Going down the tube
We all took a sigh of relief yesterday as it was announced that the second week of planned London Underground strikes had been called off, saving us more travel chaos and disruption.
The threat of continued industrial action begs the question as to how Transport for London (TfL) has presented the proposed changes to its workers and the union. They've given us the rational side of the argument: savings of £50 million a year, reduced fares, more visible staff at stations to help customers, and all without involuntary redundancies. The union, RMT, has leapt into the rational counter argument of the potential impact of automisation: the loss of 950 jobs, unhappy customers who need help from people rather than machines, poorer service and compromised safety.
On the surface, both sides are presenting a rational argument of risks vs. benefits: a modernised, efficient service at the possible expense of customer service and jobs. But the union is also playing to the emotional arguments, which are likely to override the rational ones. Job cuts, poor service, unhappy customers, lack of safety – a dreary picture indeed. Who'd be in favour of that?
What is missing from TfL is a compelling vision of a modern, cutting-edge Underground, presented in a way that reminds people of what a fabulous transport system London has and why they should be proud of it. The threat of job cuts and risk to service and safety would be greatly diluted if the whole future scenario could be painted as a truly inspiring picture of success. They could be saying, for example, “we want to be recognised as the capital city in Europe with the safest and most efficient underground transport system”.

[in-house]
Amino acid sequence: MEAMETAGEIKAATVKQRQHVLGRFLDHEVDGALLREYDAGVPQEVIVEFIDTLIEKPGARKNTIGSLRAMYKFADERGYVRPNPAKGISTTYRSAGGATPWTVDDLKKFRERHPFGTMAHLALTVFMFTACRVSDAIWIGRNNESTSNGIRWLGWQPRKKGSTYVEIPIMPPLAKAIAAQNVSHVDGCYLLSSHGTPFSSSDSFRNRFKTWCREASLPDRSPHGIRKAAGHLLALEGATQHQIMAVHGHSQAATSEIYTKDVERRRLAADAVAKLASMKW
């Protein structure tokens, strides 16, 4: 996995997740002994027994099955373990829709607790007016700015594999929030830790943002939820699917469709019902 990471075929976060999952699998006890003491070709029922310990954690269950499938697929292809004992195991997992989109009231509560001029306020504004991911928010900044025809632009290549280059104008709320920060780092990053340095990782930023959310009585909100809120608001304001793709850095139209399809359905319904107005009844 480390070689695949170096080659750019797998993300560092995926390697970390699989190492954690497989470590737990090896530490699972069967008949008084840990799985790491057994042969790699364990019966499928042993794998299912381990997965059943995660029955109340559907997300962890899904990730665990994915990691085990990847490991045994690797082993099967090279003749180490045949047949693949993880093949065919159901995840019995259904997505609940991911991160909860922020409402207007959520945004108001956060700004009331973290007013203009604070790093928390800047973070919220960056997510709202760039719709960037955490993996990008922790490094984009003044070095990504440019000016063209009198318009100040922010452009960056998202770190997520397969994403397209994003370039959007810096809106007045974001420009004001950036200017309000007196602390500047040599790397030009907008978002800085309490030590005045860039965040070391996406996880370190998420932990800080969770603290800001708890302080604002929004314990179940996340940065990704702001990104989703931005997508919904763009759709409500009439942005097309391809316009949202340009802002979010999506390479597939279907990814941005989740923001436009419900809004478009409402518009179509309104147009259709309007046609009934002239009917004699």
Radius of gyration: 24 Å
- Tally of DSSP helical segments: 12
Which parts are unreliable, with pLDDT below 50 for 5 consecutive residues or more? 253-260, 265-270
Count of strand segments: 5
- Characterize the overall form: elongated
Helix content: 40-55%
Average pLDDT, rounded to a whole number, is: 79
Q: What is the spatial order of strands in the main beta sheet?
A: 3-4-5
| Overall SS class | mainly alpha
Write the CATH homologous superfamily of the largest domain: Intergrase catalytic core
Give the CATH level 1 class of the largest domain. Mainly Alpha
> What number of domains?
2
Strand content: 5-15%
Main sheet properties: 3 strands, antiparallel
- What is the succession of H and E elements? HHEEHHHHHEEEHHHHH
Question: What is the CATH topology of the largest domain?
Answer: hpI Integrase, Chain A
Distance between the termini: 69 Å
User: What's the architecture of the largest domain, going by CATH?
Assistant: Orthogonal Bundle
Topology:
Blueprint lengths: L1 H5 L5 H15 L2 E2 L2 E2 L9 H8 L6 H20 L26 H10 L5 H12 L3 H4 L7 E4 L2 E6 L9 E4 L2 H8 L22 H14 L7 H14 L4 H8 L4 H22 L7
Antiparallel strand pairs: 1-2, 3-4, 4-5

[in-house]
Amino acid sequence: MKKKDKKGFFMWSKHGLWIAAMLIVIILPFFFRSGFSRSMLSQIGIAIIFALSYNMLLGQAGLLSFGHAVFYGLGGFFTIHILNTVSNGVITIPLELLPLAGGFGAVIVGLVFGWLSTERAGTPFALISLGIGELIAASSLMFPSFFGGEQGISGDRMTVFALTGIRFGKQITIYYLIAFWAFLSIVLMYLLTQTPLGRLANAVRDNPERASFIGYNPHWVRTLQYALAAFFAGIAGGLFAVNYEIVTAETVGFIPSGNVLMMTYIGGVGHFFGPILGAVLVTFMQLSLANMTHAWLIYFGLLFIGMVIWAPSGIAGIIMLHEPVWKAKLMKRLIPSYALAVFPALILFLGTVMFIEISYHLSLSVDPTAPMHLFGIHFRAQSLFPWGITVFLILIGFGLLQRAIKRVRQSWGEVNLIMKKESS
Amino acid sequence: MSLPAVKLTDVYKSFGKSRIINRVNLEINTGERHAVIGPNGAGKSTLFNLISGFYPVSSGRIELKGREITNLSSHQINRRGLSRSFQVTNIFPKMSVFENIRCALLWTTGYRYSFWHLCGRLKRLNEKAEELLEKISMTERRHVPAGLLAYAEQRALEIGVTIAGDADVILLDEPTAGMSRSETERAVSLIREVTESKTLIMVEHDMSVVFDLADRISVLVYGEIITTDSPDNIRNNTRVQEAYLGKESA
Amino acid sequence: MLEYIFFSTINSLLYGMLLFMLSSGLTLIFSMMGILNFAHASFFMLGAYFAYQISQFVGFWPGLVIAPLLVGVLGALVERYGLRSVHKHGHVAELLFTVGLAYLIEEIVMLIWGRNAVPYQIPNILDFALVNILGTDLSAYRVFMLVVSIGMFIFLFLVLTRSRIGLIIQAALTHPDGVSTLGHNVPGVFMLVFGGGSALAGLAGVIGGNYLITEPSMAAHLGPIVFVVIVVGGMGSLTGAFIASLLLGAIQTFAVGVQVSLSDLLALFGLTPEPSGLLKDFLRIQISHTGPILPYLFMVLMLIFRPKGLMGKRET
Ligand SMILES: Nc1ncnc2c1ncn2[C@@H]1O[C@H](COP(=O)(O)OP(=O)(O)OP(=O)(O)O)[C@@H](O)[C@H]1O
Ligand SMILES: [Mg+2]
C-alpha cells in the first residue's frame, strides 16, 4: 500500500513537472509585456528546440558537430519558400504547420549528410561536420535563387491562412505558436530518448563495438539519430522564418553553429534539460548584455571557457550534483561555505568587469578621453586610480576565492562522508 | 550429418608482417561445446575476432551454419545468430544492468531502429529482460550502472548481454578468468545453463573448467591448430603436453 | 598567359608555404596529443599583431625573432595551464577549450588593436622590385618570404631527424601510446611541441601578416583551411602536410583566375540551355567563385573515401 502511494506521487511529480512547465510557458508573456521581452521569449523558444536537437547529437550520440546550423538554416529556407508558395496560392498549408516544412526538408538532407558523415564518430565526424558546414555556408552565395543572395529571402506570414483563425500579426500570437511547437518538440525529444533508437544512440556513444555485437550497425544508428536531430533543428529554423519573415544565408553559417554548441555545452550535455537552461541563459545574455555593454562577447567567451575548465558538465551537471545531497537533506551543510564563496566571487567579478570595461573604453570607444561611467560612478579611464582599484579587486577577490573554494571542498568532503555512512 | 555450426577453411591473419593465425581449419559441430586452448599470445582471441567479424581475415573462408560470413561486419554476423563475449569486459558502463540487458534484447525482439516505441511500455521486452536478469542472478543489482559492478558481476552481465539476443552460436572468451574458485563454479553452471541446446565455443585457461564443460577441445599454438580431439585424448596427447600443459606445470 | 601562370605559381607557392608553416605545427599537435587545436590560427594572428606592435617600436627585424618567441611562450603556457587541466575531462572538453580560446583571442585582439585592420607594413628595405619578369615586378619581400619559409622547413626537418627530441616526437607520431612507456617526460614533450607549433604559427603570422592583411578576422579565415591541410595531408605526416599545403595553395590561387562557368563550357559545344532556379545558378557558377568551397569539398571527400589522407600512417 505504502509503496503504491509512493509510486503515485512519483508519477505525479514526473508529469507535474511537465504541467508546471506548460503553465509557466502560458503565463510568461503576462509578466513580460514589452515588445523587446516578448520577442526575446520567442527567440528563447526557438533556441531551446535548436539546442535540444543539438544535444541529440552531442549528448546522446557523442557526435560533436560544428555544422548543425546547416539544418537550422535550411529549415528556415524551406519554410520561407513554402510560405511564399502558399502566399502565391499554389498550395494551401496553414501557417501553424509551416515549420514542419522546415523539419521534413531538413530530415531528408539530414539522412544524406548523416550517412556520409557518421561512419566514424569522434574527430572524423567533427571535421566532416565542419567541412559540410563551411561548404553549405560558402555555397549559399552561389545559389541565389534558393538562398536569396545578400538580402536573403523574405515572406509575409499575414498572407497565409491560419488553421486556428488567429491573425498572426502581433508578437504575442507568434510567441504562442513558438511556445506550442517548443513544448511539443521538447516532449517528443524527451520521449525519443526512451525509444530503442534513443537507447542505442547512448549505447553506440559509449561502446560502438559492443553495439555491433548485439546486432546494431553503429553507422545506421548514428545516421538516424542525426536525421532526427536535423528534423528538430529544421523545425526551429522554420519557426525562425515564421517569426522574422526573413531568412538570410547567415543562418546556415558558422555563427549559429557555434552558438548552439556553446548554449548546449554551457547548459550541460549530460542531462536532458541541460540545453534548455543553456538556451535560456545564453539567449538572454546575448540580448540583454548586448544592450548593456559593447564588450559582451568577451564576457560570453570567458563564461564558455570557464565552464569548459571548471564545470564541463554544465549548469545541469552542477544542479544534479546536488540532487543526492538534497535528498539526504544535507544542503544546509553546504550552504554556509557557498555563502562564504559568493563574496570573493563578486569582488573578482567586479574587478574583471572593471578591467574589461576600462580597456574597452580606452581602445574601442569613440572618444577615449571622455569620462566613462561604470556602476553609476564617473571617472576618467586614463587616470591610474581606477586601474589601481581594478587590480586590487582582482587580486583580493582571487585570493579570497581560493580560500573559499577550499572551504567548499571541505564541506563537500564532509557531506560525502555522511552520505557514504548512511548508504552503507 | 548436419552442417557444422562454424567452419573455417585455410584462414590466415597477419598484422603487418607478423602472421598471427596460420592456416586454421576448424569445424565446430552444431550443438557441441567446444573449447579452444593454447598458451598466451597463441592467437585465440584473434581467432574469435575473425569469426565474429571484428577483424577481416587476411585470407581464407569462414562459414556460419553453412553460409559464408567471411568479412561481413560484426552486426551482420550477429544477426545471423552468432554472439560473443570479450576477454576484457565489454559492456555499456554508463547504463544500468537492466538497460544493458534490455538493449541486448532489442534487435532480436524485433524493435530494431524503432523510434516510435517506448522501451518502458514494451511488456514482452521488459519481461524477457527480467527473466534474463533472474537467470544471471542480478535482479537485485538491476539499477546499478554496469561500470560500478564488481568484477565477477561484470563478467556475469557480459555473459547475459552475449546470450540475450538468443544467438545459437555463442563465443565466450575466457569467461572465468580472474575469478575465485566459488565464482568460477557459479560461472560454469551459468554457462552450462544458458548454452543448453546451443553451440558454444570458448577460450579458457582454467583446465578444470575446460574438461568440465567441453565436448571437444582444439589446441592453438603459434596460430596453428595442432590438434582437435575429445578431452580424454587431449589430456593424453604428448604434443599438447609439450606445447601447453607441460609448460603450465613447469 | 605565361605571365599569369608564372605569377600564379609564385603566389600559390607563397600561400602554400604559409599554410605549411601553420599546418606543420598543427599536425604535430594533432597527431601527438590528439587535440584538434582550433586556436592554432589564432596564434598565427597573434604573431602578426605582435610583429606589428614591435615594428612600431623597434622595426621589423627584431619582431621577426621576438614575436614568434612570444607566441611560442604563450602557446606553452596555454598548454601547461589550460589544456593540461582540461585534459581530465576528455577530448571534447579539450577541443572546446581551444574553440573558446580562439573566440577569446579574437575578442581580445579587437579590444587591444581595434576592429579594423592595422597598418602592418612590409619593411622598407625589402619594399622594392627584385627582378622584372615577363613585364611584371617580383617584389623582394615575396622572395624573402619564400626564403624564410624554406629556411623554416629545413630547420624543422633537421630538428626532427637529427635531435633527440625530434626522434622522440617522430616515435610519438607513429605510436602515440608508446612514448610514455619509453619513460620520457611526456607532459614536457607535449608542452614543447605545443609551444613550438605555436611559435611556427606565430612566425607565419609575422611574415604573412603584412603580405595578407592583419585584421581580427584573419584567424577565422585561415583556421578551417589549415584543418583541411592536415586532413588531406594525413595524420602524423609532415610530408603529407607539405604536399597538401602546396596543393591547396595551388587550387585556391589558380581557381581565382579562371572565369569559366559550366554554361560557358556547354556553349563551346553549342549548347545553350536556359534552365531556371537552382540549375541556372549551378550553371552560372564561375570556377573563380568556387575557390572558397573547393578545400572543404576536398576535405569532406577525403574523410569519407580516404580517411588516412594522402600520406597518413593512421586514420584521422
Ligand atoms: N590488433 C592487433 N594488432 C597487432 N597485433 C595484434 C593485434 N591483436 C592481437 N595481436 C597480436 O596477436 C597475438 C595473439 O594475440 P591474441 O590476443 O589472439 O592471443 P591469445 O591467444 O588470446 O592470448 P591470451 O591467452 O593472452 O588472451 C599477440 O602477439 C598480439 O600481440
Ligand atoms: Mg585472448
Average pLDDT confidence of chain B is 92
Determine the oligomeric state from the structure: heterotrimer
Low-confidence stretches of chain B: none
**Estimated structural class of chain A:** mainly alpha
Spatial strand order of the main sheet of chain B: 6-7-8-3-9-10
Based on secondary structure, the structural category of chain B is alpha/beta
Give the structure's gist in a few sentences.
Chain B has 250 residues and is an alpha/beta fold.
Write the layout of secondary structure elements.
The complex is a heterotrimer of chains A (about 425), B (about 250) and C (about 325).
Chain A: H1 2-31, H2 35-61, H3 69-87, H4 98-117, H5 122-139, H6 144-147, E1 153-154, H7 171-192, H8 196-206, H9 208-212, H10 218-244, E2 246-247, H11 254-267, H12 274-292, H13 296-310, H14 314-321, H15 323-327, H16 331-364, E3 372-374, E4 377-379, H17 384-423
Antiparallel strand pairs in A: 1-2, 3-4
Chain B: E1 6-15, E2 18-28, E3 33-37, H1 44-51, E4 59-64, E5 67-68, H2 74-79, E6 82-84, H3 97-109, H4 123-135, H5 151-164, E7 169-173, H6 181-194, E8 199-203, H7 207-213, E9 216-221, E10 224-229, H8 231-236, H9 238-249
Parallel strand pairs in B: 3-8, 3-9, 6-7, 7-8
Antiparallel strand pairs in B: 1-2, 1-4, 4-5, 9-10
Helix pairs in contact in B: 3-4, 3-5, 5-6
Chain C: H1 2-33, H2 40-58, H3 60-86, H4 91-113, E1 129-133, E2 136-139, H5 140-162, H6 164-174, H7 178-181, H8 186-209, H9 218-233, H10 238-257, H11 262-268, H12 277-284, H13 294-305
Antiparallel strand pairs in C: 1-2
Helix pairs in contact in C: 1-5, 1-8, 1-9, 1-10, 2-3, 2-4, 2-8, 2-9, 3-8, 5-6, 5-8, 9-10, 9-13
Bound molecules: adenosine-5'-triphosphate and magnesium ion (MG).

They could remind tube employees and the general public alike of the reasons to be so proud of a system that has been around since the 19th century and travels 43 million miles a year. It facilitates 1.2 billion passenger trips annually, keeping London’s workers and tourists moving. Nevertheless, fares are high, and as anyone who rides to work between 8:15 and 8:45am can tell you, the system is under stress. It’s tough to argue that some kind of modernisation isn’t necessary.
It may not be a silver bullet, but creating a real sense of pride, purpose and an inspiring vision will make the clunkiness of the operational changes required to get there more palatable. Dare I say, even necessary.